The American Prospect is devoted to promoting informed discourse on public-policy matters from a progressive perspective through narrative interpretation of complex issues. We don’t just make magazines, we make a difference.
The Prospect hosts three classes of interns each year with flexible dates ranging from January to April; May to August; and September to December.
Editorial interns assist with research, fact-checking, social media, data entry and library services for both the print magazine and the daily website. Interns are encouraged to contribute editorially, writing book briefs and articles as assigned, and participating in generating story ideas, as well as pursuing their own projects under the guidance of Prospect staff. We encourage interns to fully integrate themselves into the Prospect’s editorial operations while taking full advantage of the public events only available in Washington, D.C.
This is the perfect internship for journalism, political science, and economics majors. Juniors, seniors and grad students are encouraged to apply. Full and part time internships available; stipend is $70 per day.
Here's what recent interns have to say:
I had the opportunity to fact-check and contribute research to an array of complex policy stories, as well as to pitch and write my own long-form features. I had the pleasure of working with an ambitious, encouraging staff who treated me like an essential member of the team. There’s no better place to launch your career as a political reporter. -- Claire Wang, Columbia Graduate School of Journalism, Class of 2019, Fall 2019 intern
The Prospect’s internship program was an invaluable experience for me. From fact-checking and research to developing original stories, I was regarded as a collaborative partner and young journalist, not as mere temporary labor. The Prospect takes its interns seriously—and in turn, interns contribute meaningfully to independent, progressive journalism. -- Isaac Scher, Freelance Reporter, Fall 2019 intern
Your TAP Internship application includes...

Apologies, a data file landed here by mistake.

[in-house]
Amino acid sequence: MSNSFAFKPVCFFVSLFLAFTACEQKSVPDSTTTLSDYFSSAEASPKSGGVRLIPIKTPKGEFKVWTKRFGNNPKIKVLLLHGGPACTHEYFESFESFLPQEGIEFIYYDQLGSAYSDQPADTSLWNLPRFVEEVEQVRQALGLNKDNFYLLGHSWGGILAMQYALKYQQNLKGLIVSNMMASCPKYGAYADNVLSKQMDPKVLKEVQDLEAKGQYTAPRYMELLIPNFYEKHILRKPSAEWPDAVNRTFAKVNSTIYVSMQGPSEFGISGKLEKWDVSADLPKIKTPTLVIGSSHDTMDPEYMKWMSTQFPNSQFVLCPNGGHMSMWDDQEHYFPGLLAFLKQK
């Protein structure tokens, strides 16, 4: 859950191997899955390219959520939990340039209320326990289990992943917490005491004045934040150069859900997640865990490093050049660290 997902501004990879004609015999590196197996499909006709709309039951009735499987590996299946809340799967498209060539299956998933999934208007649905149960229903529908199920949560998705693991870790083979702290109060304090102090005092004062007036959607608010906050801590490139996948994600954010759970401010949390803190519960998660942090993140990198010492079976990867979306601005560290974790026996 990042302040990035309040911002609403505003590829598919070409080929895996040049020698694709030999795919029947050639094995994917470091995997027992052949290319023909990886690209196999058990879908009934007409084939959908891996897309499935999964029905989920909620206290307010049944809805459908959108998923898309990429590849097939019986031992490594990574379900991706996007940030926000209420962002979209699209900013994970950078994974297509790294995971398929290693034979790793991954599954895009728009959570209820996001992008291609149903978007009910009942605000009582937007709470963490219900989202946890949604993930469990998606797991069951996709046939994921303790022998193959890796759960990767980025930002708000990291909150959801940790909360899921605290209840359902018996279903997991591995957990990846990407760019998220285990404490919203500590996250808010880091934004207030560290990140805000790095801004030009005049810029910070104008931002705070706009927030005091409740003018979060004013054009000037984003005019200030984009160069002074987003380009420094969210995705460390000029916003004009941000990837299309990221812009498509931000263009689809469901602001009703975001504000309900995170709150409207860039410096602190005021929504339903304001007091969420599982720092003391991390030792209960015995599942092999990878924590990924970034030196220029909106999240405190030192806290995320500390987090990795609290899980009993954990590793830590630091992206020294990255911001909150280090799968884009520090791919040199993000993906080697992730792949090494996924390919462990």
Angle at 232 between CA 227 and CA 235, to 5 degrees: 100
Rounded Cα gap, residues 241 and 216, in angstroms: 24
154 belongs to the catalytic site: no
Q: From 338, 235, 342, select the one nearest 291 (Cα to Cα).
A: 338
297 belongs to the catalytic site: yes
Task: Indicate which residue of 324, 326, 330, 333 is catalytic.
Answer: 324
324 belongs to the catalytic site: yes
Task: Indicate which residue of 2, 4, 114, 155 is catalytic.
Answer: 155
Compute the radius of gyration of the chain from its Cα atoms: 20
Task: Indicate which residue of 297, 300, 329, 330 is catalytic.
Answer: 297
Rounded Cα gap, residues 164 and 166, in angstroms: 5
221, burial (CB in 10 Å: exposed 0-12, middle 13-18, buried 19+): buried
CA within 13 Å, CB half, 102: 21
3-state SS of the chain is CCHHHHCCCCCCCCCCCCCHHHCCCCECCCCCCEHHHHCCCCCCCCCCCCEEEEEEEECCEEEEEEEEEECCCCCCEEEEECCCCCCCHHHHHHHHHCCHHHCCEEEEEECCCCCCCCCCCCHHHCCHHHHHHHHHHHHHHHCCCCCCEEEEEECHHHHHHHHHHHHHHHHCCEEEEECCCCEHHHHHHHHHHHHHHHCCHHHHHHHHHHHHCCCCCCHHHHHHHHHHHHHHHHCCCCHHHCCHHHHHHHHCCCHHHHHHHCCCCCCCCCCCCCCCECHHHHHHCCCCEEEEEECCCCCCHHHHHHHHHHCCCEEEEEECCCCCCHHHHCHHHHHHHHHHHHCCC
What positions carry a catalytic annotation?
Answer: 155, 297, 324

- Your résumé.
- Three writing samples.
- Consider clips or posts, academic papers and unpublished pieces. Please submit readable PDFs of clips with links to sites as needed.
- And, a letter about yourself that also answers these questions:
- What magazines, newspapers and websites do you read regularly?
- Name your intellectual and political heroes?
- Where do you see yourself in five years and why?
Please submit your application by Wednesday, April 15.
The internship schedule is flexible, beginning sometime in May and ending in August or September.
Open to high school students across the country
Read a book, write an essay, and you just might win part of $30,000 in cash prizes
High school juniors and seniors may write 1,000 to 1,600 words on one of these two books:
- “Saving Capitalism: For the Many, Not the Few” by Robert B. Reich
- “The Warmth of Other Suns: The Epic Story of America’s Great Migration” by Isabel Wilkerson
High school freshmen and sophomores may write up to 1,200 words on one of these two books:
- “Evicted: Poverty and Profit in the American City” by Matthew Desmond
- “Nickel and Dimed: On (Not) Getting By in America” by Barbara Ehrenreich.
Winners will be awarded for first, second and third place at both levels, with up to 40 additional honorable mentions. The Prospect will publish all the winning essays online at Prospect.org, with a selection in print.
The deadline for submissions has been extended to May 3, 2020.
- Read the introductory essay (linked below).
- Choose one book to read.
- Review the questions for the book you choose (linked below).
- Submit your essay along with your verifiable contact information through this form.
- Fill out the brief survey on the experience, and we will take it from there!
Essay questions for Juniors and Seniors
- Saving Capitalism: For the Many, Not the Few (link)
By Robert B. Reich, Publisher: Alfred A. Knopf, 2015
- The Warmth of Other Suns: The Epic Story of America's Great Migration (link)
By Isabel Wilkerson, Publisher: Random House, 2010
Essay questions for Freshman and Sophomores
- Evicted: Poverty and Profit in the American City (link)
By Matthew Desmond, Publisher: Crown Publishers, 2016
- Nickel and Dimed: On (Not) Getting By in America (link)
By Barbara Ehrenreich, Publisher: Picador, 2011 (Picador Modern Classics, 2017)
- Juniors and Seniors: First place $10,000; second place $5,000; third place $2,500. Honorable mentions: 20 at $100 each.
- Freshmen and Sophomores: First place $5,000; second place $2,500; third place $1,000. Honorable mentions: 20 at $100 each.
This essay contest is a partnership between The American Prospect and Omidyar Network, a philanthropic investment firm dedicated to harnessing the power of markets to create opportunity for people to improve their lives. Established in 2004 by philanthropists Pam and Pierre Omidyar, the founder of eBay, the organization has committed more than $1 billion to innovative for-profit companies and nonprofit organizations to catalyze economic and social change. To learn more, visit www.omidyar.com, and follow on Twitter @omidyarnetwork.